1st Web Audio Conference
IRCAM (Institut de Recherche et Coordination Acoustique/Musique), the music and acoustics research institute located in the Pompidou Centre in Paris, France, have opened the call for submissions for a Web Audio conference in 2015. As well as soliciting more technical or academic papers, they are also interested in demo and poster sessions, and are planning to organise a gig where performers use the Web Audio API or allow the audience to participate with devices. It’s the first conference of its kind, so it will be interesting to see the line-up when it’s announced. Submission is open now1.
CoffeeCollider is a SuperCollider-inspired live coding environment that supports many of the same noise generators and processing functions as SuperCollider but runs in the browser. The bundled examples are fun to play with, it takes a little while to figure out how to make real-time changes (select the whole function you’ve changed and hit ⌘-Enter on the Mac), but the system is powerful and quite responsive. The whole code is open source on Github too.
Tango Music Visualisations
A beautiful but simple visualisation of a tango piece (I think it might be a tango version of Nirvana’s Nevermind!) from Bruno Imbrizi. I like how the thickness of the lines change depending of the frequency content of the music - it works really when when the strings come in and they start to take the form of a violin bow.
Compress audio buffers with libvorbis.js and lago
Joe Sullivan has written
libvorbis.js which is a emscripten port of
the Vorbis compression library. It allows you to create ogg-format
compressed audio from PCM buffers, such as you’d create using the Web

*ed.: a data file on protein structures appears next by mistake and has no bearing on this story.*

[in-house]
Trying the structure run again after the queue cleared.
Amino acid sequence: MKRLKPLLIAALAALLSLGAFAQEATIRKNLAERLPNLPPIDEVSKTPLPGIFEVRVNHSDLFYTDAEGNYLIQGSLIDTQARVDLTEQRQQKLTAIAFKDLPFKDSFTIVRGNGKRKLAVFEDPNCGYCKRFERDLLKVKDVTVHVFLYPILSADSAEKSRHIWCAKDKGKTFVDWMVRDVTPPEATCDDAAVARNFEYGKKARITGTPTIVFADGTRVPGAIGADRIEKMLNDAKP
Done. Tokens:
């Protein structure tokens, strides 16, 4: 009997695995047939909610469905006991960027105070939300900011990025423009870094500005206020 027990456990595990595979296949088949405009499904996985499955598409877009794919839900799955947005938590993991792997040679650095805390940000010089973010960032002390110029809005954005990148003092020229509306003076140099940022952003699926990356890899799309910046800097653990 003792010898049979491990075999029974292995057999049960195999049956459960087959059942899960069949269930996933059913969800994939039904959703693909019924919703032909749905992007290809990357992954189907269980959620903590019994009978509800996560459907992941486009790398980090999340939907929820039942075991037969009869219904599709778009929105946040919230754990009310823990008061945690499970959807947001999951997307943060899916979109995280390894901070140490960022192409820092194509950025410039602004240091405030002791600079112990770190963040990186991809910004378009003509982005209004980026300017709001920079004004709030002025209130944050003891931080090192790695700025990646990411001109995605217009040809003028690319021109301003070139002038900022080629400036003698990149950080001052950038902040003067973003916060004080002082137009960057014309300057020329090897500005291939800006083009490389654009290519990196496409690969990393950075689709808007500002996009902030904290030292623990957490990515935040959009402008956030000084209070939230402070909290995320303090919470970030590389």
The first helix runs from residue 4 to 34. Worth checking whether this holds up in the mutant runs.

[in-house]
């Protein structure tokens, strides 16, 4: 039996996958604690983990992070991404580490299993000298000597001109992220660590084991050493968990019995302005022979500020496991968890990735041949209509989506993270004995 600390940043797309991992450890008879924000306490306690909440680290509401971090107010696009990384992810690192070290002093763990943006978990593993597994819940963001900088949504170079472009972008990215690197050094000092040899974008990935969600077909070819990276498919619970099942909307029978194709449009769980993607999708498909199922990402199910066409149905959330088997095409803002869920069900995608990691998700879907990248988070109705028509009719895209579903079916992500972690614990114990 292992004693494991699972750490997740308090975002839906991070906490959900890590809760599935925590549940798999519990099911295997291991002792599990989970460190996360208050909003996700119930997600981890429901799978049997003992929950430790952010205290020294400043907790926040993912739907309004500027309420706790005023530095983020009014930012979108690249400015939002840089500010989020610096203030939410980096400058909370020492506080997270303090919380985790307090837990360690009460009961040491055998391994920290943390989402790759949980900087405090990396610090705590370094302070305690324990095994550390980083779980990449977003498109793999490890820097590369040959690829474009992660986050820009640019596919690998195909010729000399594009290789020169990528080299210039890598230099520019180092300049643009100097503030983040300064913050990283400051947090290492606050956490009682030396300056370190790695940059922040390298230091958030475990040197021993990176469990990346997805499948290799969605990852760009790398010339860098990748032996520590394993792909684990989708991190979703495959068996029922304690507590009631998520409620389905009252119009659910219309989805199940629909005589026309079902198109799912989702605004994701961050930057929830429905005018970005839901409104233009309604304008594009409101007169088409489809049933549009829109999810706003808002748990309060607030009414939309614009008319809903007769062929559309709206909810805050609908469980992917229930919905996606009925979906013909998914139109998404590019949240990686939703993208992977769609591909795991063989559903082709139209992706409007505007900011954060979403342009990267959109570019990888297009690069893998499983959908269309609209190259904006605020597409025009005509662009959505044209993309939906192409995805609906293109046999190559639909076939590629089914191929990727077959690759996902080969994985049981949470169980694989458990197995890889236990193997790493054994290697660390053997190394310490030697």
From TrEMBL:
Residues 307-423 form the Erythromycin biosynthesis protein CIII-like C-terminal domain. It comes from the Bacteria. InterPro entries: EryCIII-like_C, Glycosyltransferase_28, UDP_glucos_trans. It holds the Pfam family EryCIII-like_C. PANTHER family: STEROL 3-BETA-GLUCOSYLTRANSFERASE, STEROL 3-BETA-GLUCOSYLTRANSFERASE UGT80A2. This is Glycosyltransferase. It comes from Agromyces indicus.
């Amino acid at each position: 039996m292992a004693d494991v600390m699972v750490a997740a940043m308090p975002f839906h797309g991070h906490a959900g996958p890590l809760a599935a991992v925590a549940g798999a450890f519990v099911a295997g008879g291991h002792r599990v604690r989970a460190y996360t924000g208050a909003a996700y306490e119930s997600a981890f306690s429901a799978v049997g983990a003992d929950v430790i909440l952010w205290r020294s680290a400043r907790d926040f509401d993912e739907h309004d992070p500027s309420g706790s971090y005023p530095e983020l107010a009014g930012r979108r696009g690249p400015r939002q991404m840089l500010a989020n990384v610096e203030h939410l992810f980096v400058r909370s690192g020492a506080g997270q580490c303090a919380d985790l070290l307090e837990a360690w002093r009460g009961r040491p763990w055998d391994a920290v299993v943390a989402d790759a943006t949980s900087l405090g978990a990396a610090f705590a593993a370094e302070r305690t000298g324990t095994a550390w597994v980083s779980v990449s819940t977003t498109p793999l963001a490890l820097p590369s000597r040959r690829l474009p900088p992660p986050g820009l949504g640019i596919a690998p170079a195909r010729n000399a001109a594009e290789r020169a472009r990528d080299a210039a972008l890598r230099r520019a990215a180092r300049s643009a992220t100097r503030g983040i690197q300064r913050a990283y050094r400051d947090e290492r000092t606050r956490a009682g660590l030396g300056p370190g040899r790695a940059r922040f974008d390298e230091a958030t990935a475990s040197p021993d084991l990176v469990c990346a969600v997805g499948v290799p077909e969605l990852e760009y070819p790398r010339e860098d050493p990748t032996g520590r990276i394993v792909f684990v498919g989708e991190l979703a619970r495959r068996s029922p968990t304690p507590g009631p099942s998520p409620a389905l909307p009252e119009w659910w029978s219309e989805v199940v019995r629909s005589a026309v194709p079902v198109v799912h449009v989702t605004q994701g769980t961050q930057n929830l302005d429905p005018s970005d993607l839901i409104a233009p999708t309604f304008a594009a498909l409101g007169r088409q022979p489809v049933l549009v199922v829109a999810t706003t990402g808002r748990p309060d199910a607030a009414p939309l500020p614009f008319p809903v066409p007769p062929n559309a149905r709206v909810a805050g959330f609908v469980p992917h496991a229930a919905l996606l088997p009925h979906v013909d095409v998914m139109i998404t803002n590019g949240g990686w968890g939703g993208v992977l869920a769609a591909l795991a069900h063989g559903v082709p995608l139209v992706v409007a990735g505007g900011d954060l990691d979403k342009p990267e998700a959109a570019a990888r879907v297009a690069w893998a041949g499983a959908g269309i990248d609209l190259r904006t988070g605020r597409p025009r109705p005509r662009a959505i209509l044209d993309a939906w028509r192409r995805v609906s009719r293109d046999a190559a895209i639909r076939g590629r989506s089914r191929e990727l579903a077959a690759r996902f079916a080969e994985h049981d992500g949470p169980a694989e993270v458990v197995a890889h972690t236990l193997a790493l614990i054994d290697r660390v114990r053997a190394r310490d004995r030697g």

Audio API’s BufferSource node, or from a users soundcard input using
getUserMedia. This solves a major problem for creating music using the
Web Audio API, as it allows creations to be moved across the network
much more easily due to the reduced file size.
libvorbis.js is a
straight-forward port of the library, but Joe’s
lago project allows
you to use it for real applications by off-loading the compression to
a background Web Worker where available.
Beeplay is a simple library to allow you to write out multi-part
compositions using a simple syntax and have them rendered using the
Web Audio API. It looks like it’d be a really nice way of including
some music with a simple game, while avoiding the additional overhead
of having the player download an audio file. There’s no documentation
with the library, but the example is pretty self-explanatory. The
music is rendered using generated
BufferSource nodes - it might be a
fun exercise to see if these could be replaced using the
The greatest electronic albums of the 1950s and 1960s
Fact Magazine have compiled a list of early electronic music. Like many such lists, the angry comments from people who are disgusted that a certain album wasn’t include also provide a great source of additional recommendations.
- The greatest electronic albums of the 1950s and 1960s (/via @MoogFoundation)
Working Group are on the technical committee.
Disclaimer: I and a number of other members of the W3C Audio ↩